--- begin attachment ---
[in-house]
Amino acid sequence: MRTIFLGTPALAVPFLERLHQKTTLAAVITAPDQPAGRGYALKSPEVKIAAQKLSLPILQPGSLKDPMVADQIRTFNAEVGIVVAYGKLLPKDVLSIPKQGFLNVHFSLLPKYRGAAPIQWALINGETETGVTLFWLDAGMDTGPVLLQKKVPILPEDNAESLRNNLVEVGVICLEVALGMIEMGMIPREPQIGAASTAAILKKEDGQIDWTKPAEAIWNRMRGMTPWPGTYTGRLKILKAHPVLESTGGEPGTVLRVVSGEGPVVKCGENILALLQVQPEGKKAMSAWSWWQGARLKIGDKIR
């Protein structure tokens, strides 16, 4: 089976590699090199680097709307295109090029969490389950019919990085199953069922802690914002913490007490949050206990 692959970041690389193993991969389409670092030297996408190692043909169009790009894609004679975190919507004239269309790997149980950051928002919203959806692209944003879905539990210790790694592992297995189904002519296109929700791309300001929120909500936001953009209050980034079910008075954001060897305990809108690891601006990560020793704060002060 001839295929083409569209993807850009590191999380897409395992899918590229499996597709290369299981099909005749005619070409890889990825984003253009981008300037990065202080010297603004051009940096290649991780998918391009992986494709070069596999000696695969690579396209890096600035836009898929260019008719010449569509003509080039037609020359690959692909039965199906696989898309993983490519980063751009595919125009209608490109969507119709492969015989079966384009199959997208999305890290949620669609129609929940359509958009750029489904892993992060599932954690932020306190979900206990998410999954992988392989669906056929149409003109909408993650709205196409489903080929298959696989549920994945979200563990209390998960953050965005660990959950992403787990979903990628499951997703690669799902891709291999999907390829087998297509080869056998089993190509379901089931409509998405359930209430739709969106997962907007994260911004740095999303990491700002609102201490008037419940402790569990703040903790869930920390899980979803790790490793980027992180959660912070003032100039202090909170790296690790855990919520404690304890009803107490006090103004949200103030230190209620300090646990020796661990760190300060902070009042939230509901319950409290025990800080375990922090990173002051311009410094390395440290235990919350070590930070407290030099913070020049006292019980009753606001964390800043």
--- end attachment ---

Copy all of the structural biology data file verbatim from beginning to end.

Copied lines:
[in-house]
Amino acid sequence: MRTIFLGTPALAVPFLERLHQKTTLAAVITAPDQPAGRGYALKSPEVKIAAQKLSLPILQPGSLKDPMVADQIRTFNAEVGIVVAYGKLLPKDVLSIPKQGFLNVHFSLLPKYRGAAPIQWALINGETETGVTLFWLDAGMDTGPVLLQKKVPILPEDNAESLRNNLVEVGVICLEVALGMIEMGMIPREPQIGAASTAAILKKEDGQIDWTKPAEAIWNRMRGMTPWPGTYTGRLKILKAHPVLESTGGEPGTVLRVVSGEGPVVKCGENILALLQVQPEGKKAMSAWSWWQGARLKIGDKIR
């Protein structure tokens, strides 16, 4: 089976590699090199680097709307295109090029969490389950019919990085199953069922802690914002913490007490949050206990 692959970041690389193993991969389409670092030297996408190692043909169009790009894609004679975190919507004239269309790997149980950051928002919203959806692209944003879905539990210790790694592992297995189904002519296109929700791309300001929120909500936001953009209050980034079910008075954001060897305990809108690891601006990560020793704060002060 001839295929083409569209993807850009590191999380897409395992899918590229499996597709290369299981099909005749005619070409890889990825984003253009981008300037990065202080010297603004051009940096290649991780998918391009992986494709070069596999000696695969690579396209890096600035836009898929260019008719010449569509003509080039037609020359690959692909039965199906696989898309993983490519980063751009595919125009209608490109969507119709492969015989079966384009199959997208999305890290949620669609129609929940359509958009750029489904892993992060599932954690932020306190979900206990998410999954992988392989669906056929149409003109909408993650709205196409489903080929298959696989549920994945979200563990209390998960953050965005660990959950992403787990979903990628499951997703690669799902891709291999999907390829087998297509080869056998089993190509379901089931409509998405359930209430739709969106997962907007994260911004740095999303990491700002609102201490008037419940402790569990703040903790869930920390899980979803790790490793980027992180959660912070003032100039202090909170790296690790855990919520404690304890009803107490006090103004949200103030230190209620300090646990020796661990760190300060902070009042939230509901319950409290025990800080375990922090990173002051311009410094390395440290235990919350070590930070407290030099913070020049006292019980009753606001964390800043």